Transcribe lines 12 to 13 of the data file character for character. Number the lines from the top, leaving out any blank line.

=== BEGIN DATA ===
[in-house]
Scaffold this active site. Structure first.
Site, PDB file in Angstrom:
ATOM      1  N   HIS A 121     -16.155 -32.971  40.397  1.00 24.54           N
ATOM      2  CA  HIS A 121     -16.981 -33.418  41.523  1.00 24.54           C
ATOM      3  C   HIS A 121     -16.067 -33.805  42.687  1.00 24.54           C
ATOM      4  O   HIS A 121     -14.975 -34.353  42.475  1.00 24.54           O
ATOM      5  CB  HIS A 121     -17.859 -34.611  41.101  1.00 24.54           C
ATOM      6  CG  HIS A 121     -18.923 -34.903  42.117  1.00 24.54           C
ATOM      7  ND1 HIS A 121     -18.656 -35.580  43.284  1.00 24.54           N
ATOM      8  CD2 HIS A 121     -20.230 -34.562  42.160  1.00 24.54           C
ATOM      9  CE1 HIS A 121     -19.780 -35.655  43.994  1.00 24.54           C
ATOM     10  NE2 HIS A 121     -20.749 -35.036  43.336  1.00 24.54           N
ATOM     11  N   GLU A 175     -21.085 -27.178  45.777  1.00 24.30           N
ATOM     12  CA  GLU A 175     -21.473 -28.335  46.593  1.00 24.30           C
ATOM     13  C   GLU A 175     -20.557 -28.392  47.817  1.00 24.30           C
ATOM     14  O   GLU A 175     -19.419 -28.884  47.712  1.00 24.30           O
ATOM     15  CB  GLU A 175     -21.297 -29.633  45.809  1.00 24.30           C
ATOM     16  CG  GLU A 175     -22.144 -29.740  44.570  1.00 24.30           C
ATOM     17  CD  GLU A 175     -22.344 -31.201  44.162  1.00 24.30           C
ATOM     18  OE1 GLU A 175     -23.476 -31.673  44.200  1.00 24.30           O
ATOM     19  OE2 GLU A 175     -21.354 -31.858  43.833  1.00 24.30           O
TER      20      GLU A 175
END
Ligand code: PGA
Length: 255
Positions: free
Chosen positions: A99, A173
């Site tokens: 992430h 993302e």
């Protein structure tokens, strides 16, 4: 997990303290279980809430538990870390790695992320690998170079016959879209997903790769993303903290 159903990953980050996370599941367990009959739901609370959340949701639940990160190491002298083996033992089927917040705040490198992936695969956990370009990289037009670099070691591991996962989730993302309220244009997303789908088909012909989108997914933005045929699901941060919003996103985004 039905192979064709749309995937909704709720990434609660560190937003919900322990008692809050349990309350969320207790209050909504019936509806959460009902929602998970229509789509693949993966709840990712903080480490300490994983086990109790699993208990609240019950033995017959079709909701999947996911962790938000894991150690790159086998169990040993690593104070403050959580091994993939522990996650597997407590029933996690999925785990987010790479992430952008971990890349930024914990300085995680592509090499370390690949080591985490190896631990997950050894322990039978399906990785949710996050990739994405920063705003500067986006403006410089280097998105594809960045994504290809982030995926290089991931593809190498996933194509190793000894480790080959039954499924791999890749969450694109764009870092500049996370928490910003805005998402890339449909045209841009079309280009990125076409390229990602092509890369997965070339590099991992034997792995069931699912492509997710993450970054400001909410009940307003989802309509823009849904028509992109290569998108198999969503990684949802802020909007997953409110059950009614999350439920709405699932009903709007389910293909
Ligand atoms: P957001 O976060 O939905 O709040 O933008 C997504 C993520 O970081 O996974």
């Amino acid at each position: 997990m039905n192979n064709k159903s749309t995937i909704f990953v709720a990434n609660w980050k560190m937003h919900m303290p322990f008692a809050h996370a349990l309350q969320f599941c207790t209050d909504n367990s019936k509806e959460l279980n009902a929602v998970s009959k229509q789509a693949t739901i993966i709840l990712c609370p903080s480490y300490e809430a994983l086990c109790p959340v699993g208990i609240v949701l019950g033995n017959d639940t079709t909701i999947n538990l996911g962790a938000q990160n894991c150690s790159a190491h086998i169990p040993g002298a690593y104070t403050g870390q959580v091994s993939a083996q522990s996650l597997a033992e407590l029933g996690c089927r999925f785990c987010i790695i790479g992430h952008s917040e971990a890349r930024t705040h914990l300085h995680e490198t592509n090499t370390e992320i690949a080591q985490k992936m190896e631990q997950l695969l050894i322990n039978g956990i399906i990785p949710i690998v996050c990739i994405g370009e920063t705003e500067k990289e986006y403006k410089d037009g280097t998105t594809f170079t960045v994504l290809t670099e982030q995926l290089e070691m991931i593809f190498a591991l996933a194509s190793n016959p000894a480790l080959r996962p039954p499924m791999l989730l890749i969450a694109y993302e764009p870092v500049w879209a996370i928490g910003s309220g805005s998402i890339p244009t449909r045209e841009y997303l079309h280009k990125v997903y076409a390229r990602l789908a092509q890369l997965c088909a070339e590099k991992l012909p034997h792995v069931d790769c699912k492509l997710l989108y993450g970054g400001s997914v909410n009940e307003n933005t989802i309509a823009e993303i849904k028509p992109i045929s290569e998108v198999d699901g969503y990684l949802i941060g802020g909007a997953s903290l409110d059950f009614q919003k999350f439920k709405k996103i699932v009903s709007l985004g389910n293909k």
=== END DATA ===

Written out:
ATOM      9  CE1 HIS A 121     -19.780 -35.655  43.994  1.00 24.54           C
ATOM     10  NE2 HIS A 121     -20.749 -35.036  43.336  1.00 24.54           N